Animals and treatment

All the procedures were approved by the Institutional Animal Care and Use Committee of Nanjing Agricultural University. A gestating diet formulated to meet National Research Council(30) nutrient requirements was fed ad libitum to the pregnant sows with a similar birth order (3rd or 4th) during the entire period of pregnancy, as was drinking water. At the time of parturition (day 114 (sd 1) of gestation), newborn piglets (Duroc × (Landrace × Yorkshire)) from six sows with the same litter size (ten piglets/litter) were selected for this study. In each litter, one normal piglet with body weight (BW) of 1·57 (sd 0·13) kg and two IUGR littermates with BW of 0·90 (sd 0·12) kg were chosen according to previous studies(5, 6, 31). All piglets were weaned at 7 d of age and were fed with liquid diets at 75 ml/kg BW per meal every 4 h by bottle feeding between 7 and 14 d of age(29). In each litter, one of the IUGR piglets (IUGR control, n 6) and normal littermate (Normal control, n 6) received the control diet, and the other IUGR littermate received the Arg diet (IUGR+Arg, n 6). The Arg intake by Normal and IUGR piglets fed the control diet was 0·418 g/kg BW per d, which was similar to the piglets fed by sows. All piglets were housed individually in plastic floored pens (1·5 m × 0·5 m) at an ambient temperature of 33°C in an environmentally controlled room and had free access to water.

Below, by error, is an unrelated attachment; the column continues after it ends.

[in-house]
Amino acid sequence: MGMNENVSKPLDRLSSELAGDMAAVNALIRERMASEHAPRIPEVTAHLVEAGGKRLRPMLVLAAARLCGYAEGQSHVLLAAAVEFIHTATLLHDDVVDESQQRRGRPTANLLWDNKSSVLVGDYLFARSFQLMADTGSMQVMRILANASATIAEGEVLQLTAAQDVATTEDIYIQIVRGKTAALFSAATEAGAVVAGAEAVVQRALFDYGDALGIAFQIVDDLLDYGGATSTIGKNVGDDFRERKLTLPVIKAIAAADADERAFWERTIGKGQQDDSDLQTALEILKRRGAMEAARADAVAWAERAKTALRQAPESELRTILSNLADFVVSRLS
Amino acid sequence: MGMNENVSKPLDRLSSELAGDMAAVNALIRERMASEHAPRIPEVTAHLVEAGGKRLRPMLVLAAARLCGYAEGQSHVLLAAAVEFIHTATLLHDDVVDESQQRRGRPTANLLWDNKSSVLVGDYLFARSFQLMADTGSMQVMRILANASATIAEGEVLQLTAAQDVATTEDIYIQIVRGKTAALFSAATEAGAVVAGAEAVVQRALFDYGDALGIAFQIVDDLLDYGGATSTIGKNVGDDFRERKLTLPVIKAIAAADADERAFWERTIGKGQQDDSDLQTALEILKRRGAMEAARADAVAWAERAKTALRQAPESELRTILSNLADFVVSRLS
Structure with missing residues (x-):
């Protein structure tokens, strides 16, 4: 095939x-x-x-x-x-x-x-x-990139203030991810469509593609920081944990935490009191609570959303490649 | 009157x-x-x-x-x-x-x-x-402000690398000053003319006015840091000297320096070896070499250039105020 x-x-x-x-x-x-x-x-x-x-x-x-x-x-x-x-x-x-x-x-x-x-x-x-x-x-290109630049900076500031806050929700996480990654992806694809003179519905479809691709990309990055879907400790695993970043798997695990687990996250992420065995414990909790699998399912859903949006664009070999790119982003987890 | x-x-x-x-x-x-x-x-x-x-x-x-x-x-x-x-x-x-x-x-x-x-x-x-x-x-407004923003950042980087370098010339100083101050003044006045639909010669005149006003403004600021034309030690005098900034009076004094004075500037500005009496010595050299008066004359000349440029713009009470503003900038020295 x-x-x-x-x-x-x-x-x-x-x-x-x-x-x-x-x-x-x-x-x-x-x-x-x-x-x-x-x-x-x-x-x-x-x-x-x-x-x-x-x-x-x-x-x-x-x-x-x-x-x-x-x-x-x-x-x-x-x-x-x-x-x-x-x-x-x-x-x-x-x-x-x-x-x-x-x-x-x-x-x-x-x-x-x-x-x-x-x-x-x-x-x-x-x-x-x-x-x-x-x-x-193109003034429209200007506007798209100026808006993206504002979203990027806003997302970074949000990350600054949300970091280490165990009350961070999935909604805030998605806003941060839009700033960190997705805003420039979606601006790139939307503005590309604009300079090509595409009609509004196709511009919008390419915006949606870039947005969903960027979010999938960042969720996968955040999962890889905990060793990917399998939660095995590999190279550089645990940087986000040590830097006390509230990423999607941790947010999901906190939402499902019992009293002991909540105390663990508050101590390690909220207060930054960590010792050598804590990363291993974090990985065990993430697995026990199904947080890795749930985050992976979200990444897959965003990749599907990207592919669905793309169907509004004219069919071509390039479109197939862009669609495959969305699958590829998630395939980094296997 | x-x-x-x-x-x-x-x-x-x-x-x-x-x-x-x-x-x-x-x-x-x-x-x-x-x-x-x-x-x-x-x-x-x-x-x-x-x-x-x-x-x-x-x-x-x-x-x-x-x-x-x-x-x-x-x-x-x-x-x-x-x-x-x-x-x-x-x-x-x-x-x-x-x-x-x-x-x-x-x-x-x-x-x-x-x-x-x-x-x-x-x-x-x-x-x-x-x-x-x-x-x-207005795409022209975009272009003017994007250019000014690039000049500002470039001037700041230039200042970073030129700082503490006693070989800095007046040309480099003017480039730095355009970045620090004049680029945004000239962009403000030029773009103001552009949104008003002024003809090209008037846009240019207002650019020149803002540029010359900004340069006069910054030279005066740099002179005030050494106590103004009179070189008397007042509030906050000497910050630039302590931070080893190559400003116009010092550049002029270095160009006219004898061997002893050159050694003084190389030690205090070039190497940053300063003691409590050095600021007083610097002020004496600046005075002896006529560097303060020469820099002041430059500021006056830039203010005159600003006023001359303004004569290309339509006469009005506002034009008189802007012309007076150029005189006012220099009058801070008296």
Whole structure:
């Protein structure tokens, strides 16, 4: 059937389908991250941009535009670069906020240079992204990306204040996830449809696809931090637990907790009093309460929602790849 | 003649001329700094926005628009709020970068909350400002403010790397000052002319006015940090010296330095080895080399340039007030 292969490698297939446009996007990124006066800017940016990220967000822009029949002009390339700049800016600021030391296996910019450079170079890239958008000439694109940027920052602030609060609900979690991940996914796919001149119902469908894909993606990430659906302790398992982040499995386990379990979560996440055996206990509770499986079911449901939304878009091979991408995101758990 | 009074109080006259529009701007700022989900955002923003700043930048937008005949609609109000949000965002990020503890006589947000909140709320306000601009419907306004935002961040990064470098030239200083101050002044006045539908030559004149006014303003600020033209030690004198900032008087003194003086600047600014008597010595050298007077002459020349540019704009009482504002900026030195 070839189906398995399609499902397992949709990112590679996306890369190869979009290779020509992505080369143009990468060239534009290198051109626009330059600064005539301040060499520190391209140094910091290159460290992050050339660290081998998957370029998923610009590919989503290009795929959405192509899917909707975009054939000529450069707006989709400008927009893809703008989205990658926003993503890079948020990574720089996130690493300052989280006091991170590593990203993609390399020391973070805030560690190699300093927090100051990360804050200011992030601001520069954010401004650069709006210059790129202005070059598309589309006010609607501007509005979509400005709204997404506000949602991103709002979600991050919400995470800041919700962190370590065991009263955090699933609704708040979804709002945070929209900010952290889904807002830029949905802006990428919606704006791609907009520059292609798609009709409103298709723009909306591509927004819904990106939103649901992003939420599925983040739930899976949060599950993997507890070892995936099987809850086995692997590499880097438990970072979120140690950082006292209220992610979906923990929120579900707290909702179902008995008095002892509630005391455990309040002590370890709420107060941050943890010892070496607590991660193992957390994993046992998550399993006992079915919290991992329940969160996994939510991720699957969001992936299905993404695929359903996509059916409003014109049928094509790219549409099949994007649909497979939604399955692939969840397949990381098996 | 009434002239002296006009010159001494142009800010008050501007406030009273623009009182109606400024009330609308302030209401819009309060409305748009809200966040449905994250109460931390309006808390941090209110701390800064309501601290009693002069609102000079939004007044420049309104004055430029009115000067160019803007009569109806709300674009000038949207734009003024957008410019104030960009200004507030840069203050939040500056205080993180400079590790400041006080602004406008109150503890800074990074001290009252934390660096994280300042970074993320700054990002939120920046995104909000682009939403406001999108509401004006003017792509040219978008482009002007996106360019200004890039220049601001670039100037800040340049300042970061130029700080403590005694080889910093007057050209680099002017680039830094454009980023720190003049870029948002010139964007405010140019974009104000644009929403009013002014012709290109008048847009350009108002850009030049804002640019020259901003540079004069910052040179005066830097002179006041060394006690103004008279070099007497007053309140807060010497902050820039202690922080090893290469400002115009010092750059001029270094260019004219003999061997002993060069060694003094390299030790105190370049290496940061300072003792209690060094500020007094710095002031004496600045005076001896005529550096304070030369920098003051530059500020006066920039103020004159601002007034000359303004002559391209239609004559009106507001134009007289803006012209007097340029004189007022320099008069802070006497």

Tissue sampling